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Thieves steal disabled toddler's lifesaving medical kit while family at hospital

A family are at ‘rock bottom’ after thieves ransacked their home and stole a life-saving medical pump used to keep their disabled three-year-old alive. Toddler Emily Anderson has cerebral palsy and cannot eat or drink, relying on the pump to get food into her stomach. Her parents say that without the back-up pump her life is now ‘at risk’ and they are pleading for its return. Paula Ratcliffe and John Anderson were at Sheffield’s Children’s Hospital at the time of the break-in, caring for their baby daughter Mia, who is just seven weeks old and has a rare life-threatening condition herself. Speaking from Mia’s bedside, Paula said: ‘I’m just disgusted. Whoever did this is the lowest of the low and I just can’t believe someone would do this to us.

She said the family, from Doncaster, Yorkshire, are now ‘living on the edge’ as the pump they do have only has a 12-hour battery life which means they are terrified of it breaking down. Paula said: ‘If the person who did it has a heart then they’d return it. It doesn’t have any use to anyone else.’ The Sick Children’s Trust has funded the family’s stay at accommodation near to the hospital since Mia was born in August while they juggle caring for Emily and their two older children, Katie, 15 and Charlotte, 11, while being in hospital with their new baby.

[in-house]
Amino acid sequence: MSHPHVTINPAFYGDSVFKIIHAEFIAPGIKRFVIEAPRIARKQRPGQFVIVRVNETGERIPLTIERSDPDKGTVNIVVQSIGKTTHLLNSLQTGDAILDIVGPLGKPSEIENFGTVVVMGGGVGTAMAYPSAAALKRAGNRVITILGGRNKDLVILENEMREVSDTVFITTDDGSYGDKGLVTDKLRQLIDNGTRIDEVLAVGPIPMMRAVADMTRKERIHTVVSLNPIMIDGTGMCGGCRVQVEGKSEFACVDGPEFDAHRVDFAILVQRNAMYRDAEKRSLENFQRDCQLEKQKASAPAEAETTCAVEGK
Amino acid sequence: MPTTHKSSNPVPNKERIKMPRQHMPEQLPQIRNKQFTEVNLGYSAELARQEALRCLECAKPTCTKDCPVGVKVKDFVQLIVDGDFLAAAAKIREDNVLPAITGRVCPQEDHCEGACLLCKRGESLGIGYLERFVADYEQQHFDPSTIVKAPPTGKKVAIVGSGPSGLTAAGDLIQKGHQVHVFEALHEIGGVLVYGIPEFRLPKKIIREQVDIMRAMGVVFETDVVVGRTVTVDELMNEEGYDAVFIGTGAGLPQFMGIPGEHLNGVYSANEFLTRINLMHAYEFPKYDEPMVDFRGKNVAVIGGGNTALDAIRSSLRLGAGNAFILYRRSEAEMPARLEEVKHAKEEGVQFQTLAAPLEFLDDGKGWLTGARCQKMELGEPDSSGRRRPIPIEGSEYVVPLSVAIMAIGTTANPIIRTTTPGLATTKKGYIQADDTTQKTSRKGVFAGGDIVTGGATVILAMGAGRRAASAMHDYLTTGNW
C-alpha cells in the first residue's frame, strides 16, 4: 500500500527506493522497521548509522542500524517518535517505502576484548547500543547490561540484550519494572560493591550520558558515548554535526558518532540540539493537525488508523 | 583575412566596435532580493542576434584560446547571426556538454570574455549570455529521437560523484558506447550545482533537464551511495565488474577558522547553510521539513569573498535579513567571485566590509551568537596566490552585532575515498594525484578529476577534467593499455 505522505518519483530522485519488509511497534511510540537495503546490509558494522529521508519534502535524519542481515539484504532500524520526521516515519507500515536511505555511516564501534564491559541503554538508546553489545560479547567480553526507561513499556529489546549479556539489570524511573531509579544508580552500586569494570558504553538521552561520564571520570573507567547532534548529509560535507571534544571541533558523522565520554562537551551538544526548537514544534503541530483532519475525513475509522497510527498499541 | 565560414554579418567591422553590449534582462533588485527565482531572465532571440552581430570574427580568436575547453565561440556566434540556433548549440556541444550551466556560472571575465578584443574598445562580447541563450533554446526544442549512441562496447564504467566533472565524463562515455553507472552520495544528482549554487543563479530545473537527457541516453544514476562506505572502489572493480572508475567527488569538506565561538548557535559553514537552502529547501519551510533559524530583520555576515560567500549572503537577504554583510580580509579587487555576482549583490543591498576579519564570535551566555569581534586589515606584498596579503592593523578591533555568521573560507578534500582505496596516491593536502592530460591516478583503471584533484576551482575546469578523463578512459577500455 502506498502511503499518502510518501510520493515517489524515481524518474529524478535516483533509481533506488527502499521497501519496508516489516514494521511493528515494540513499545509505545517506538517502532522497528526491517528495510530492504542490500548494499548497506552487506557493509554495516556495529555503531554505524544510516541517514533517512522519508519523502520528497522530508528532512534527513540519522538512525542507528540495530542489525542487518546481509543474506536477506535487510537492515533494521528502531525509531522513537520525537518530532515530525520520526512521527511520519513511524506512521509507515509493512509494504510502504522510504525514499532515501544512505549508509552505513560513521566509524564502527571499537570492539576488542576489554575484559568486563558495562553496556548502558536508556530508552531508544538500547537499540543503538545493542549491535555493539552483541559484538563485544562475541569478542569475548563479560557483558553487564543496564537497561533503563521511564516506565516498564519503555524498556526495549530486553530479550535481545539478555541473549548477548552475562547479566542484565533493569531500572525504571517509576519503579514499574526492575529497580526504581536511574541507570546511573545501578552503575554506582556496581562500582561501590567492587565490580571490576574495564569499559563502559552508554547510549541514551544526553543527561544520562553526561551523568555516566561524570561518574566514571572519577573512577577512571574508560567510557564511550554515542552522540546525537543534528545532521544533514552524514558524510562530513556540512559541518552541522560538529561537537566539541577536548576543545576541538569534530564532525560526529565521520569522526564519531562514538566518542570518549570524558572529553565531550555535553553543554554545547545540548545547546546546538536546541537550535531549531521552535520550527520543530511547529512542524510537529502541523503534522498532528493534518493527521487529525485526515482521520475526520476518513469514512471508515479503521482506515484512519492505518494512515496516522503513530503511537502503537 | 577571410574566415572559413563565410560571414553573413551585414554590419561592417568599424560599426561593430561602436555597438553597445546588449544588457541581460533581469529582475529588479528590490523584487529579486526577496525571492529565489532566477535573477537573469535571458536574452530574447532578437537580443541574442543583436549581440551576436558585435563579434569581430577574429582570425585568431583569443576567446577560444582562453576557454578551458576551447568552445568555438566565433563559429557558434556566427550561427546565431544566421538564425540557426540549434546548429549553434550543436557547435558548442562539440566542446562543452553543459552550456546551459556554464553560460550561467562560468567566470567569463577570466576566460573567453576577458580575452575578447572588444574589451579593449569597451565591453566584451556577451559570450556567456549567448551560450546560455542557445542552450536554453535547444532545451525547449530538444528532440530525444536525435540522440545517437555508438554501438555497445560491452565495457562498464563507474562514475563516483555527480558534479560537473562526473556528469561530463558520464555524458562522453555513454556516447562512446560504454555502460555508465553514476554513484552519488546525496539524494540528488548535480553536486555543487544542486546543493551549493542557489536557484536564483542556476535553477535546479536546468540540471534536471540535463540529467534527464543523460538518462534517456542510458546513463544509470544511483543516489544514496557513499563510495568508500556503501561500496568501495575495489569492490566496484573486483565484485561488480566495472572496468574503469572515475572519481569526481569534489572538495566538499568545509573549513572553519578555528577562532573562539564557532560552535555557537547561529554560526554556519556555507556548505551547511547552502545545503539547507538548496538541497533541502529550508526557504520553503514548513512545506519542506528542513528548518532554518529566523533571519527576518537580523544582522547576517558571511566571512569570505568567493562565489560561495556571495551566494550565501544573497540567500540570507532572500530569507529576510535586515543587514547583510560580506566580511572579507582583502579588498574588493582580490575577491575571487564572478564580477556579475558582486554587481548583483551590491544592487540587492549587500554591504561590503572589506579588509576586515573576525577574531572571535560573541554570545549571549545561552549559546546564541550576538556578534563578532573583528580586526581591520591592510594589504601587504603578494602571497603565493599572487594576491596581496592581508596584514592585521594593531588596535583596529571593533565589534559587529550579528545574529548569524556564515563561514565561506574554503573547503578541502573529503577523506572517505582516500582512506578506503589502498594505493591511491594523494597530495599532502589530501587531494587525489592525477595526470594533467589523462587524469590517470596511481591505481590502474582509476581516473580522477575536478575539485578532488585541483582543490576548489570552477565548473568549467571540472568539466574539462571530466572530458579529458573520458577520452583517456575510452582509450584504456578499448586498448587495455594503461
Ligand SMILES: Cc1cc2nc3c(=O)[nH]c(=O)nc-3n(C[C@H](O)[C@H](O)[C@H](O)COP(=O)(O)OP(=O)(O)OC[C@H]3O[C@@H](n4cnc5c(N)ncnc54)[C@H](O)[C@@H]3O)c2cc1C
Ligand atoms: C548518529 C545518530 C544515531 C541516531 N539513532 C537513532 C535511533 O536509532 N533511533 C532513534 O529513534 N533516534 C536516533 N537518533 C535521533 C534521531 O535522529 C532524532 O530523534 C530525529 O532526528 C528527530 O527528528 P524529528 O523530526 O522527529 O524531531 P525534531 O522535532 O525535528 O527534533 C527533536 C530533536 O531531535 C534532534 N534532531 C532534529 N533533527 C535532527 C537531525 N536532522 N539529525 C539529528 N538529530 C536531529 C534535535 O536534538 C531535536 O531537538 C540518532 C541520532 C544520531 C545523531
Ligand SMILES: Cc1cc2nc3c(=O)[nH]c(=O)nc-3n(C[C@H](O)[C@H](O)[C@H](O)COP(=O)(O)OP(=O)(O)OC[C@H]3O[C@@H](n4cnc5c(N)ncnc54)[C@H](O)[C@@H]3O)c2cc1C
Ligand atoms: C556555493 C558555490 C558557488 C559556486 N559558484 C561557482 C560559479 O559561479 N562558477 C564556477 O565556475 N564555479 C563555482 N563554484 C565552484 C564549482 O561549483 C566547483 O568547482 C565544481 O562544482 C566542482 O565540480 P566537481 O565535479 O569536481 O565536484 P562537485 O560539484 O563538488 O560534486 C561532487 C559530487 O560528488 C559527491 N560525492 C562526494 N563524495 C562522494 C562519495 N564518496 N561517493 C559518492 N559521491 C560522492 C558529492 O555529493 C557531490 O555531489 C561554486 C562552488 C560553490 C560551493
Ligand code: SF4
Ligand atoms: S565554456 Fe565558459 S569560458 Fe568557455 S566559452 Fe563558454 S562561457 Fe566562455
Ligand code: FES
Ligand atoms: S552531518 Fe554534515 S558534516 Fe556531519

Burglars raided their home some time between Tuesday and Thursday last week, when they returned to the family home to collect supplies and found the side window smashed and every cupboard emptied. Burglars also took £2,500 worth of technician Paula’s nail equipment, roofer John’s work tools, car keys, jewellery and even cash from Emily’s money box.

Paula said: ‘I’m absolutely heartbroken. We are going through enough as a family. To steal medical kit from a room that is clearly a disabled child’s room is absolutely disgusting. ‘They will have known that person is very ill and surely they could see they could be putting someone’s life at risk. ‘We have hit rock bottom now and I couldn’t imagine things getting any worse for us as a family. ‘I can’t believe someone is putting us through this and is trying to make a gain out of a child’s medical equipment. ‘We are constantly on edge with Emily now. What if something happens to her pump now? What if it fails? ‘Her life has been put at risk and it’s so unnecessary.’